Social development and inclusion

Young artists illustrate life in Syrian opposition-held areas

Photo: Blue Team; as seen in the original blog post by PSRP

A group of young Syrian artists have collaborated to illustrate life in opposition-held areas during the Covid-19 pandemic. The artists produced two exhibitions – combining art, music, and activities – that offer powerful insights into the daily lives of Syrian displaced and ethnic minorities, and demonstrate how art can bring people together and act as a tool for local peace.

The two exhibitions were held in the framework of a research project supported by the FCDO-funded Covid Collective Research Platform at the Institute for Development Studies (IDS). The research revolves around PSRP’s work on the nexus between the Covid-19 pandemic, peace and conflict and the interplay between several layers of crises. In Syria, PSRP Research Associate Dr. Juline Beaujouan and two of her colleagues – Abdulah El hafi and Eyas Ghreiz – built on collaborations with local communities in opposition-held areas in the northwest of the country to investigate the shifting role of local civil society during the pandemic.

The research team partnered with two groups of artists in Azaz and Afrin in the northwest of Aleppo. Both cities are currently under the control of the de facto Syrian Interim Government and a strong Turkish influence at a political and military level. Sixteen young artists aged 16 to 25 collaborated on the project to depict the lives of their communities during the pandemic. Through 60 unique creations, they offered valuable and graphic insights into the suffering of Syrian displaced and ethnic minorities, among other important themes.

Photo: Blue Team; as seen in the original blog post
Photo: Civilian Cultural Association; as seen in the original blog post

The first art exhibition was held in Azaz on Wednesday 7 April 2021, with the support of Athar Youth Team and in collaboration with the Free University of Aleppo under the title: “There is not only Covid-19 Syrians suffer from”. It was attended by close to 400 visitors, including important local figures such as the president of the University, a member of the Constitutional Committee, members of the Syrian Coalition and members of the Syrian Civil Defense (White Helmets). The event was covered by Azaz Media Office.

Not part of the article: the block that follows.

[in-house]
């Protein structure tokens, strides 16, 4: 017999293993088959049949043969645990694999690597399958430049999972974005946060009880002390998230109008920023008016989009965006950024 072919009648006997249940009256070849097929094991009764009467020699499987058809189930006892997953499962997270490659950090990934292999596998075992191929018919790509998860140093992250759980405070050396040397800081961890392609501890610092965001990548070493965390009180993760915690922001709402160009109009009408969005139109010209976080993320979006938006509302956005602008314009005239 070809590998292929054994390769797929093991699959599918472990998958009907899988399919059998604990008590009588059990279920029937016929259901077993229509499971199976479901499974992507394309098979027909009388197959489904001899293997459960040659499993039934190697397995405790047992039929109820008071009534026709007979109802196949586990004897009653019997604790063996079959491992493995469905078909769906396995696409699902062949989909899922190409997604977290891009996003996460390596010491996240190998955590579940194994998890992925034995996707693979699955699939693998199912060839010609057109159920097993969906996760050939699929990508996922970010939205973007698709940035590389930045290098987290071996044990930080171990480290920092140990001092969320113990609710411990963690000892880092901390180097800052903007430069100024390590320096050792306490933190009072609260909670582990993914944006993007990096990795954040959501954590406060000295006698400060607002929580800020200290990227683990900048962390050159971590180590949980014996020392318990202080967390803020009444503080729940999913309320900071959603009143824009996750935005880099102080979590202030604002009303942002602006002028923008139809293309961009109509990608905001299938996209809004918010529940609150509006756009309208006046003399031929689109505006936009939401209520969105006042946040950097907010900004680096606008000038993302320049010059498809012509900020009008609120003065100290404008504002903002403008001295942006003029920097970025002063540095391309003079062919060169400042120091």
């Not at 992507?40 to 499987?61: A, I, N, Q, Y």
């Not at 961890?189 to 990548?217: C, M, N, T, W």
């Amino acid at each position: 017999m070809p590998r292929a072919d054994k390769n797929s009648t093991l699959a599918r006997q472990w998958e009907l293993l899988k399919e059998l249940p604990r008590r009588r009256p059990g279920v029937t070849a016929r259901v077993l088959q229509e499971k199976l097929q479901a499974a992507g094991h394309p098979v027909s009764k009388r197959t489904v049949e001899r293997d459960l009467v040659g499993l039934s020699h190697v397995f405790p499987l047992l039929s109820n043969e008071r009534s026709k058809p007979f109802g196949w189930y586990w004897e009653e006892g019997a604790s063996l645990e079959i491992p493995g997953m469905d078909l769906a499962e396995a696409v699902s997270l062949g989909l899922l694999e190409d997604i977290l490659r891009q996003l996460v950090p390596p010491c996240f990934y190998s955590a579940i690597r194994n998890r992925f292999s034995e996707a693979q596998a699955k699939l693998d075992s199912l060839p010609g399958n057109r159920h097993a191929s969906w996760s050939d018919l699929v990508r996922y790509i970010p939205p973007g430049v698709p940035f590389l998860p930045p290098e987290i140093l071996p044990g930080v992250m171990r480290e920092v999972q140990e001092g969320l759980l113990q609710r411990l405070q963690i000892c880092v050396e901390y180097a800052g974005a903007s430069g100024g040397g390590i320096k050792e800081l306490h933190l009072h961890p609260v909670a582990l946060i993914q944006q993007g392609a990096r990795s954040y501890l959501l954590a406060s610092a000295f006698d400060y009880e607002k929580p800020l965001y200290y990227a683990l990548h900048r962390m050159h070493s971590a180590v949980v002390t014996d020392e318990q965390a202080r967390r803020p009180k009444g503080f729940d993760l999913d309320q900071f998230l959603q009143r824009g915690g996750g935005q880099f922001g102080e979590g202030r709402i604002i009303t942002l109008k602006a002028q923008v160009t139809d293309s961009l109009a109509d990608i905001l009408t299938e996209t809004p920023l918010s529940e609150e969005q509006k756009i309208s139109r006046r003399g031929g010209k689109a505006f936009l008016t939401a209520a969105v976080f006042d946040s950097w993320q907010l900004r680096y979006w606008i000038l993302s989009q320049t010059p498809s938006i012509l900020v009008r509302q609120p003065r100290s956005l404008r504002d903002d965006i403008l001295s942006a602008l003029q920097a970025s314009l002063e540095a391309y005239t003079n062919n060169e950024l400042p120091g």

Photo: Blue Team; as seen in the original blog post

On Monday 12 April 2021, the second exhibition was held in Afrin – a city historically inhabited by Kurdish populations – in collaboration with the Civilization Cultural Association and Gaziantep University under the title “Let us draw peace together”. The event was meant as an encounter between Arab and Kurdish artists to foster cross-community interactions. Besides visual art, it featured live music and activities for children. The event attracted 200 visitors and was covered by local media, including al-Jazeera Syria. Partners and volunteers were particularly grateful as it was the first event of its kind to bring together two groups representing different ethnic and religious affiliations around a common project.

Photo: Blue Team; as seen in the original blog post
Photo: Blue Team; as seen in the original blog post

Besides supporting local actors of everyday peace in their own terms, the project created momentum for artistic expression in the two cities and further collaborations among and between artists, academic institutions and civil society. The two team were invited by the director of the Watan Cloud organisation for women to hold a third exhibition in al-Bab city – in the northeast of Aleppo – after the month of Ramadan. The artists will also receive training on soft skills to allow them ownership of the project and enable them to sustain the momentum through more activities and civic engagement.

The success of the activities prompted several local figures to sustain the momentum and transform the collaboration into a partnership in its on rights between youth in Azaz and Afrin. The Minister of Local Administration in the Interim government and head of Afrin local council is currently working on establishing a team of Arab and Kurdish youth volunteers to build youth capacity and re-activate the marginalized volunteer and civil society network in Afrin. Similarly, the head of the education office within Afrin local council is investigating avenues for further cooperation with regards to education. The latter will empower groups of students at Gaziantep University (Afrin) and the Free University of Aleppo (Azaz) to coordinate cross-community cultural and artistic activities after the month of Ramadan. Finally, the two teams of artists are discussing future common projects to foster a culture of understanding, tolerance and peace in their areas. In addition to art exhibition, the artists in Azaz will help build the capacity of their colleagues in Afrin who have been marginalized and lack opportunities to use their art as a tool of expression and local peace.

The exhibitions will soon be accessible virtually through PSRP’s website.

To learn more about the life of young Syrian artists in opposition-held areas and the importance of art in conflict-affected countries, read our blog “Art as a tool for local peace: Reflections of young artists in Syrian opposition-held areas” published in the Local Voices at a Crossroads series on the website of Civil Society Platform for Peacebuilding and Statebuilding (CSPPS).

To find out more about the events and PSRP’s current projects in Syria, contact Dr. Juline Beaujouan at [email protected].

This blog was originally published by the Political Settlements Research Programme here